So L and I go back to the airport, after I settle the bill. It takes forever. It should only take 5 minutes, but it takes 30, because Veniel has gone to church and his assistant is handling it, and I'm sure he feels like he is asking me for alot of money. Which he is, but he does not understand that in the States, we are used to paying for accomodations. I leave the tip in a seperate envelope and I realize he is angry with me because he thinks I did not leave a tip for the staff! But I want it to go straight to Veniel for distribution. That is what I want. So the assistant drops us off kind of rudely at the airport, he does not even unload our bags from the back of the truck. Of course we have lots of offers of help for that, and the hustlers want us to pay them to take us into the terminal. I keep saying no, but they are insistant and keep hovering. Finially I say "Souple! "(sp) with some anger, and "No!" I might as well have stomped my feet. They scattered. They left us alone. We progressed without problem, and L and I sit inside the gate and discuss our trip. On the plane we discuss some more, and when we get to FLL we are still talking about it. I realize that yes, bringing my son here was probably the best thing I could have ever done for him, and he is even smart enough to realize that NOW. We are talking more at this moment that we have in months.

More Haiti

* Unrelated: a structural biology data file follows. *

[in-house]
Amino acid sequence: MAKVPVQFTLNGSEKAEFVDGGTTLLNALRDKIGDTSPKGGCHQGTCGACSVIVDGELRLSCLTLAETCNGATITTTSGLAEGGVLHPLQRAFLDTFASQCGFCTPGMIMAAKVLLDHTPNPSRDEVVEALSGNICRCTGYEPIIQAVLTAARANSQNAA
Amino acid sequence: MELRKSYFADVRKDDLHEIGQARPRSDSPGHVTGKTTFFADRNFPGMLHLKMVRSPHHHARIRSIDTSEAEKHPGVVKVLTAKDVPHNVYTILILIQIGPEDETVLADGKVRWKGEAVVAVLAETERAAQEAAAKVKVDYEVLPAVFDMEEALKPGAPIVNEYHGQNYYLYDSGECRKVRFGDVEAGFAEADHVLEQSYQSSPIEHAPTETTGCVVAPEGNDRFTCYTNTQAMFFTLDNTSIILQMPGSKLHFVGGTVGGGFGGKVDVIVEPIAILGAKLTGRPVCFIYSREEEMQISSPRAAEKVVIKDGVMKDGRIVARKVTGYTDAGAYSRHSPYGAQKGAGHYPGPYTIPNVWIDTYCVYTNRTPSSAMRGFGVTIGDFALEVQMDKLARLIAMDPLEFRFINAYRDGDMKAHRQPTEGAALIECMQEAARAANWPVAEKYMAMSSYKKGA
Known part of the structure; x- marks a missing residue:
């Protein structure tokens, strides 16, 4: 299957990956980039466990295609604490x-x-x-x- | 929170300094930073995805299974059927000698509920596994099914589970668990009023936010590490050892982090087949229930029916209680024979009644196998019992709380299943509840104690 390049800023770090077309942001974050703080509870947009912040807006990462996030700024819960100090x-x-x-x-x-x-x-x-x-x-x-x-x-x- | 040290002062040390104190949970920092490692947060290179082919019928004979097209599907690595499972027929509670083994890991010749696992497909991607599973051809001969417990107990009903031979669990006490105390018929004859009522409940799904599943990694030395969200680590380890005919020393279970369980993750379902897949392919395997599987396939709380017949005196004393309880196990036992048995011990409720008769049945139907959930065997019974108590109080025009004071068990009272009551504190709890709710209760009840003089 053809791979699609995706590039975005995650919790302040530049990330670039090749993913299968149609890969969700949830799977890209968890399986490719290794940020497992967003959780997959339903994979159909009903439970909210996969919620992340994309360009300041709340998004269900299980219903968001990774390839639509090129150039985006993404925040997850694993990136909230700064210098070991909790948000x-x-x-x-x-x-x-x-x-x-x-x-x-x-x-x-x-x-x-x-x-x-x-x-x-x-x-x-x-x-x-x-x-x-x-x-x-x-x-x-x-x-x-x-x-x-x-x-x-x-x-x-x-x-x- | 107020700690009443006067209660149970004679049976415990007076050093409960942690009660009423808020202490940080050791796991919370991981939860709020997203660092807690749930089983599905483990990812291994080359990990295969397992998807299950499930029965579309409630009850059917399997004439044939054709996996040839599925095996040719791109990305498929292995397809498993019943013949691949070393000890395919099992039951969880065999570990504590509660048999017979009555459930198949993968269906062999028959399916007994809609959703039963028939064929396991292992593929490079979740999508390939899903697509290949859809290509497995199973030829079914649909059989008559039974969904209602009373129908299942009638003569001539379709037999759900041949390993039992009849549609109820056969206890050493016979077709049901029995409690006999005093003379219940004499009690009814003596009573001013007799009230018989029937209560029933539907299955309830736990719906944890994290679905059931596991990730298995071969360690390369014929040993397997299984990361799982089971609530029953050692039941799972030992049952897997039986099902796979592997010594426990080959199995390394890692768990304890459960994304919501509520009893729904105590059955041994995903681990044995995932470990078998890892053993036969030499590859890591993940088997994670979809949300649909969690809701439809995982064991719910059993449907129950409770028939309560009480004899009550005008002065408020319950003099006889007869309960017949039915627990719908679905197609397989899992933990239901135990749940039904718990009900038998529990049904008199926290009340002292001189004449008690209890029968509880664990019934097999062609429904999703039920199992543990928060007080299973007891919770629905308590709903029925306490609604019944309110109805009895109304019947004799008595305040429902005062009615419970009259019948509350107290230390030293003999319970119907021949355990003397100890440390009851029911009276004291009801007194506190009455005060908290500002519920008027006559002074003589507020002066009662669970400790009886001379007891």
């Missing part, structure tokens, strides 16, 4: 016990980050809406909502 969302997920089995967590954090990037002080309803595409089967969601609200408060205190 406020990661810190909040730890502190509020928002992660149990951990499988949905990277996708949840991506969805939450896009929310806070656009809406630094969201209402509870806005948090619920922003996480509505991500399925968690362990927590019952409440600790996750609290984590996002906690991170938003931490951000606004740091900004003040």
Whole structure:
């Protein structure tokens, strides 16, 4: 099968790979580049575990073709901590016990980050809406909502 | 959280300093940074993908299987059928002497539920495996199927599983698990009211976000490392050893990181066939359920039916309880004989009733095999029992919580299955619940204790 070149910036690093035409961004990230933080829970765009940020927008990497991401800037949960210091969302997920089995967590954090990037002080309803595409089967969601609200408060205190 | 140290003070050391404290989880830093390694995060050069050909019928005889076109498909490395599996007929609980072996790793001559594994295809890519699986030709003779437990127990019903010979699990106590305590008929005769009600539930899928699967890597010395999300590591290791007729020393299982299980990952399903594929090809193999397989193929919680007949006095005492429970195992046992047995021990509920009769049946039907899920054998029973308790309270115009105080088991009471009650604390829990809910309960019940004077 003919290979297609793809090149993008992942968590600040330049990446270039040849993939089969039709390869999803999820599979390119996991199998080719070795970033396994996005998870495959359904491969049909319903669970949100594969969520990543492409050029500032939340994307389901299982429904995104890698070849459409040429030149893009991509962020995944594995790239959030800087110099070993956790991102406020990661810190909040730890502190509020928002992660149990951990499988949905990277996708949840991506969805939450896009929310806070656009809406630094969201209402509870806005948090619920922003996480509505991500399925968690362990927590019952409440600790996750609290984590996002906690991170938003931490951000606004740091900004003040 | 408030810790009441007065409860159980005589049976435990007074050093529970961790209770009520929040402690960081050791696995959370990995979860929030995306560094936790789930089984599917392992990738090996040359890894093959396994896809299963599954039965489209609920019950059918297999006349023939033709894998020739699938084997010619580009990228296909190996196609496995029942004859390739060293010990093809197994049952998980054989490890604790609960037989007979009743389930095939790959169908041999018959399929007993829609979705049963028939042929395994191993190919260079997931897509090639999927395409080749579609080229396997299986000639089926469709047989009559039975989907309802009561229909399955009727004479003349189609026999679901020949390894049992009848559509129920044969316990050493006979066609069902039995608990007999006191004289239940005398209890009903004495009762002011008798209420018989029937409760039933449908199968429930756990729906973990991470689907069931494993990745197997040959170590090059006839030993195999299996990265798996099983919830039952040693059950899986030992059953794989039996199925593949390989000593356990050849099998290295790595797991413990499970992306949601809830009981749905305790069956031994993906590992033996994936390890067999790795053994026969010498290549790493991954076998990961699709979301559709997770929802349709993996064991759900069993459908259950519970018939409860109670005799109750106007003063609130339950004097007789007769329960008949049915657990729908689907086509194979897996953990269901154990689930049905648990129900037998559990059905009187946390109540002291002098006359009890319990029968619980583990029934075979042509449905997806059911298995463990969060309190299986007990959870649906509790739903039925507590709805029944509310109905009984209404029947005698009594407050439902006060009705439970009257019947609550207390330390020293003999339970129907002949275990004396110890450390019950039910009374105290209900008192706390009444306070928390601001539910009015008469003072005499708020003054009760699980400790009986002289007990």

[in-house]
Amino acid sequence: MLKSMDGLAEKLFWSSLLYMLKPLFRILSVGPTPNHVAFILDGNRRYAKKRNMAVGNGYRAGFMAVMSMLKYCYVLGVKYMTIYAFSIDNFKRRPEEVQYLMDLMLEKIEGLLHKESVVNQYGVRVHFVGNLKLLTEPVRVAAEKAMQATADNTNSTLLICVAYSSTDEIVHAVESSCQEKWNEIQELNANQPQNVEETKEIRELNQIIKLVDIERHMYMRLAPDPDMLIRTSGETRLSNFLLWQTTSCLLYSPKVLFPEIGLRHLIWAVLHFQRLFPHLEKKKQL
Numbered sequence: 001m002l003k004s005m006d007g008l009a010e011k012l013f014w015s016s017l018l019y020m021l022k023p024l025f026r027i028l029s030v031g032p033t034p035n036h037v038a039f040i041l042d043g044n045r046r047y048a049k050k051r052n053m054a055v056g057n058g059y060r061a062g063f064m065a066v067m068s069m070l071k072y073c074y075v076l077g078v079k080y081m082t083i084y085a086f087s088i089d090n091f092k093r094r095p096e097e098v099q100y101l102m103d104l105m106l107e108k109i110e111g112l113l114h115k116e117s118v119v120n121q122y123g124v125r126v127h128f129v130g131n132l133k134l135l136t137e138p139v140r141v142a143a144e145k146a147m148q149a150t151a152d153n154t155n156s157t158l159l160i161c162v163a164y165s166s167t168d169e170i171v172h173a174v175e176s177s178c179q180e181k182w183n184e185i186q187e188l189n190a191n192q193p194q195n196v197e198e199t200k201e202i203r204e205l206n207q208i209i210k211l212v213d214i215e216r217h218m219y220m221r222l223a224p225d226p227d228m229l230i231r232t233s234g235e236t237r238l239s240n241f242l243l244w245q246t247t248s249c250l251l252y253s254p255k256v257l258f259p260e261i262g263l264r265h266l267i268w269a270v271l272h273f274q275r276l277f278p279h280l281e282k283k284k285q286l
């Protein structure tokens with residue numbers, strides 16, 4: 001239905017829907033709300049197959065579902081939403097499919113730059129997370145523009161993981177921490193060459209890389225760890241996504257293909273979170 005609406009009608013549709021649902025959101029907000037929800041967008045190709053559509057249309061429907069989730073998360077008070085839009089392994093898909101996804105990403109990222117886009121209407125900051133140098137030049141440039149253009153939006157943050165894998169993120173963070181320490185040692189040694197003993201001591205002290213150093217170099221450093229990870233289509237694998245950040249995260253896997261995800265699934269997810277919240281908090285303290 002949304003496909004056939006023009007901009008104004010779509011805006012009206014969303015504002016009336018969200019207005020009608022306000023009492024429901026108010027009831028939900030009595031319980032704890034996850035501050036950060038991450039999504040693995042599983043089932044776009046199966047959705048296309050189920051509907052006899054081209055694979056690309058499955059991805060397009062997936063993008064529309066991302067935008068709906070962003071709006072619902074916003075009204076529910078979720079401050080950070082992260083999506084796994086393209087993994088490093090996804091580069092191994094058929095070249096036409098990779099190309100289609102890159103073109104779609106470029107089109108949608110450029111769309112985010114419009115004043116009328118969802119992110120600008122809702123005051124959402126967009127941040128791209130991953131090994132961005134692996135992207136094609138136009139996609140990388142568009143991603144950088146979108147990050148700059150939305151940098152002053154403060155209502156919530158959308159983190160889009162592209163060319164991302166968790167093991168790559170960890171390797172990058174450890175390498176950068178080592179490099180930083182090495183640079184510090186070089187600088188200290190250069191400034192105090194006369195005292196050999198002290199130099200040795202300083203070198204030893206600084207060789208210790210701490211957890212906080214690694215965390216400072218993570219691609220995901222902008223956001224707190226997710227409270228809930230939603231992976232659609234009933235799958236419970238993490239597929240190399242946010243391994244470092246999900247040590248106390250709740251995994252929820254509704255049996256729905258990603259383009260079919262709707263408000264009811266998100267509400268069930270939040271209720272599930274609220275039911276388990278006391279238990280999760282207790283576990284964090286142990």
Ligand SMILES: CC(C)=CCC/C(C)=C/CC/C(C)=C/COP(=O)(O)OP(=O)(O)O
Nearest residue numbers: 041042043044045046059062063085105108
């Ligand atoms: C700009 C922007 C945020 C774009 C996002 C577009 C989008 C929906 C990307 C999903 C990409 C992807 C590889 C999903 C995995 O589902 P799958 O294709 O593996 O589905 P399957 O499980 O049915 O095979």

OK, so we go up to the roof and sit on the swing. Silent tears are just pouring down Widmina's face, and Lovely is sobbing, and I have no idea what is wrong with them. And I have no idea what to do either, which leaves me feeling a little panic. How can I not know what to do? I already am a mama. I start to doubt myself, and the thought creeps in that maybe I am not cut out for this, and I have bitten off way more than I can chew. Then I remember Steph writing about singing, and so I start singing a lullaby, "Hush Little Baby" but I pretty much have to make up all the words because I can't remember them. I didn't sing that much to my boys when they were little because when I would they would insist "stop singing mama!" But these girls did not do that. So I rocked and sang and sang and sang. When I got tired of singing I hummed it. I kept the same song. Instinctively I felt that repetition for these kids was probably a good thing. Pretty soon Widmina quit crying, she just sat and listened while I sang and rocked. But Lovely went into Stage II of the meltdown, where her sobs just turned to pure grief. It was like deep almost animalistic sobs coming out of her. I was racking my brain trying to think of what the matter could possibly be. I wondered if they wanted to go back to the orphanage, if they felt homesick. But the deeper her grief, the less I thought that might be the case. It didn't quite correspond to her intensity. She was beside herself. I laid back in the swing (never stopped singing/humming) and laid her down on me with her head on my chest. I had on a surplice cut top, and she opened that up and laid her head on my breast and then cried even harder if that was even possible. Widmina was next to me on the other side, and she was pretty calm, she eventually even fell asleep next to me. I wondered if being with me triggered her memories of her Haitian mama, and that loss. The level of grief did correspond to that trauma. One thing that never occurred to me was that she might be hungry, because it had not been very long since dinner, and she ate alot as she always does. The truth is, I just did not know. After about an hour and a half of this ( and my lullaby!) she finally fell asleep. Hallelujah! She must have been exhausted. I know I was! I kept rocking, and of course I felt very relieved but still mystified by it all. I realized at that moment what a ride I was in for. I wondered if I could handle it. I realized I was going to have to handle it. I remembered that God had put me here, and that He had promised me He would help me find my way. So once again I was back to Faith. And the rose-colored glasses were removed. But I was shaken.